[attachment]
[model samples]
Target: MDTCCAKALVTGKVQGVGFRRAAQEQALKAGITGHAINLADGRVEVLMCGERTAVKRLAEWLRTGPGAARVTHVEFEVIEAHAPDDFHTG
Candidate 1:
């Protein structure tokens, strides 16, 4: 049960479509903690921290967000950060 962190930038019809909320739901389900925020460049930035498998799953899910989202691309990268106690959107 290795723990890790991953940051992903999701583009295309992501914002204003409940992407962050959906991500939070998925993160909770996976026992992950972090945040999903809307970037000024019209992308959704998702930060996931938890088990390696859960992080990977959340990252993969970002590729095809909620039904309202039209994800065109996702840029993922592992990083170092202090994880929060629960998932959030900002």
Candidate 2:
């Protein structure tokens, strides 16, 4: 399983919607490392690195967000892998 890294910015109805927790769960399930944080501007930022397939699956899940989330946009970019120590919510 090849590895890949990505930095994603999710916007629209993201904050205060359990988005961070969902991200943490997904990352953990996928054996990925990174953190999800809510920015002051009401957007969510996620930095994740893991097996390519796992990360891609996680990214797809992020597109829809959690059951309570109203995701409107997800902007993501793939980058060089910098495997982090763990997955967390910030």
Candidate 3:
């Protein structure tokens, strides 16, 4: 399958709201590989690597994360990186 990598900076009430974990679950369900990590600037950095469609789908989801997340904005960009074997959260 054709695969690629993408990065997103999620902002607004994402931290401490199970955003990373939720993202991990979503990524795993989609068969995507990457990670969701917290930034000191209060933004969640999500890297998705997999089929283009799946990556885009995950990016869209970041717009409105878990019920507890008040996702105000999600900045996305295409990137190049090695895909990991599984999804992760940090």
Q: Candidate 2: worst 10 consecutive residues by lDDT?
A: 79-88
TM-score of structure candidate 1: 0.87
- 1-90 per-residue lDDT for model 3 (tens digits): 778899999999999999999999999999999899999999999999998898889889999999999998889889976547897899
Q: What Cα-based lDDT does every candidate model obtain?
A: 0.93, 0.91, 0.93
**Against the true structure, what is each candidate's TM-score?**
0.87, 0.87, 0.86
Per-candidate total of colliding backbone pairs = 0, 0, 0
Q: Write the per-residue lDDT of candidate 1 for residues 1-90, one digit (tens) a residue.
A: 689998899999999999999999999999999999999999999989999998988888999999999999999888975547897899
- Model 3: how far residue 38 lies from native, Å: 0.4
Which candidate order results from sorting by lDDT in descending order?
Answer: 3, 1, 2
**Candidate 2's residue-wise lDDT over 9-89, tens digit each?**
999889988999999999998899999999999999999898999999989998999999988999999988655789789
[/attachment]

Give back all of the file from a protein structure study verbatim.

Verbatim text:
[model samples]
Target: MDTCCAKALVTGKVQGVGFRRAAQEQALKAGITGHAINLADGRVEVLMCGERTAVKRLAEWLRTGPGAARVTHVEFEVIEAHAPDDFHTG
Candidate 1:
């Protein structure tokens, strides 16, 4: 049960479509903690921290967000950060 962190930038019809909320739901389900925020460049930035498998799953899910989202691309990268106690959107 290795723990890790991953940051992903999701583009295309992501914002204003409940992407962050959906991500939070998925993160909770996976026992992950972090945040999903809307970037000024019209992308959704998702930060996931938890088990390696859960992080990977959340990252993969970002590729095809909620039904309202039209994800065109996702840029993922592992990083170092202090994880929060629960998932959030900002």
Candidate 2:
């Protein structure tokens, strides 16, 4: 399983919607490392690195967000892998 890294910015109805927790769960399930944080501007930022397939699956899940989330946009970019120590919510 090849590895890949990505930095994603999710916007629209993201904050205060359990988005961070969902991200943490997904990352953990996928054996990925990174953190999800809510920015002051009401957007969510996620930095994740893991097996390519796992990360891609996680990214797809992020597109829809959690059951309570109203995701409107997800902007993501793939980058060089910098495997982090763990997955967390910030």
Candidate 3:
């Protein structure tokens, strides 16, 4: 399958709201590989690597994360990186 990598900076009430974990679950369900990590600037950095469609789908989801997340904005960009074997959260 054709695969690629993408990065997103999620902002607004994402931290401490199970955003990373939720993202991990979503990524795993989609068969995507990457990670969701917290930034000191209060933004969640999500890297998705997999089929283009799946990556885009995950990016869209970041717009409105878990019920507890008040996702105000999600900045996305295409990137190049090695895909990991599984999804992760940090």
Q: Candidate 2: worst 10 consecutive residues by lDDT?
A: 79-88
TM-score of structure candidate 1: 0.87
- 1-90 per-residue lDDT for model 3 (tens digits): 778899999999999999999999999999999899999999999999998898889889999999999998889889976547897899
Q: What Cα-based lDDT does every candidate model obtain?
A: 0.93, 0.91, 0.93
**Against the true structure, what is each candidate's TM-score?**
0.87, 0.87, 0.86
Per-candidate total of colliding backbone pairs = 0, 0, 0
Q: Write the per-residue lDDT of candidate 1 for residues 1-90, one digit (tens) a residue.
A: 689998899999999999999999999999999999999999999989999998988888999999999999999888975547897899
- Model 3: how far residue 38 lies from native, Å: 0.4
Which candidate order results from sorting by lDDT in descending order?
Answer: 3, 1, 2
**Candidate 2's residue-wise lDDT over 9-89, tens digit each?**
999889988999999999998899999999999999999898999999989998999999988999999988655789789